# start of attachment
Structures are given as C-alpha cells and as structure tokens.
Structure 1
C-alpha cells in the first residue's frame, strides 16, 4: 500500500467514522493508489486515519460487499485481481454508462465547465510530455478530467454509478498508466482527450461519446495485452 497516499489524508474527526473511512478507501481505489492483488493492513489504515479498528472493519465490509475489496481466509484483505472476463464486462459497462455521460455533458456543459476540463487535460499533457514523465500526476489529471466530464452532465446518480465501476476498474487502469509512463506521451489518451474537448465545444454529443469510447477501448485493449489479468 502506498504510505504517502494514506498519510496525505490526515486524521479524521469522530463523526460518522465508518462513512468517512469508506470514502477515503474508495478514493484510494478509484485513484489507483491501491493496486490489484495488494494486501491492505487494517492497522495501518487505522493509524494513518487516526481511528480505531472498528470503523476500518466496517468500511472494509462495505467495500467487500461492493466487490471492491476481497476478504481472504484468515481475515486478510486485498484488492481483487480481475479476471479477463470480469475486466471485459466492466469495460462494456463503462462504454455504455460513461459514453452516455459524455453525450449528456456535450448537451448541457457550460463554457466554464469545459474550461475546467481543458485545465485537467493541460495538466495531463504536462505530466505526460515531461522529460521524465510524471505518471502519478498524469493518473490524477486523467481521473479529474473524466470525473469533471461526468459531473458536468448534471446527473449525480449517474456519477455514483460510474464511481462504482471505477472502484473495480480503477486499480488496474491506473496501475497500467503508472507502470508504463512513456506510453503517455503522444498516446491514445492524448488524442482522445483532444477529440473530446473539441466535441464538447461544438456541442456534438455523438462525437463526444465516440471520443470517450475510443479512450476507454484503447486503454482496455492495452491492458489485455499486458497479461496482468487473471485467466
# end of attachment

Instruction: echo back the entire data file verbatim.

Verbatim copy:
Structures are given as C-alpha cells and as structure tokens.
Structure 1
C-alpha cells in the first residue's frame, strides 16, 4: 500500500467514522493508489486515519460487499485481481454508462465547465510530455478530467454509478498508466482527450461519446495485452 497516499489524508474527526473511512478507501481505489492483488493492513489504515479498528472493519465490509475489496481466509484483505472476463464486462459497462455521460455533458456543459476540463487535460499533457514523465500526476489529471466530464452532465446518480465501476476498474487502469509512463506521451489518451474537448465545444454529443469510447477501448485493449489479468 502506498504510505504517502494514506498519510496525505490526515486524521479524521469522530463523526460518522465508518462513512468517512469508506470514502477515503474508495478514493484510494478509484485513484489507483491501491493496486490489484495488494494486501491492505487494517492497522495501518487505522493509524494513518487516526481511528480505531472498528470503523476500518466496517468500511472494509462495505467495500467487500461492493466487490471492491476481497476478504481472504484468515481475515486478510486485498484488492481483487480481475479476471479477463470480469475486466471485459466492466469495460462494456463503462462504454455504455460513461459514453452516455459524455453525450449528456456535450448537451448541457457550460463554457466554464469545459474550461475546467481543458485545465485537467493541460495538466495531463504536462505530466505526460515531461522529460521524465510524471505518471502519478498524469493518473490524477486523467481521473479529474473524466470525473469533471461526468459531473458536468448534471446527473449525480449517474456519477455514483460510474464511481462504482471505477472502484473495480480503477486499480488496474491506473496501475497500467503508472507502470508504463512513456506510453503517455503522444498516446491514445492524448488524442482522445483532444477529440473530446473539441466535441464538447461544438456541442456534438455523438462525437463526444465516440471520443470517450475510443479512450476507454484503447486503454482496455492495452491492458489485455499486458497479461496482468487473471485467466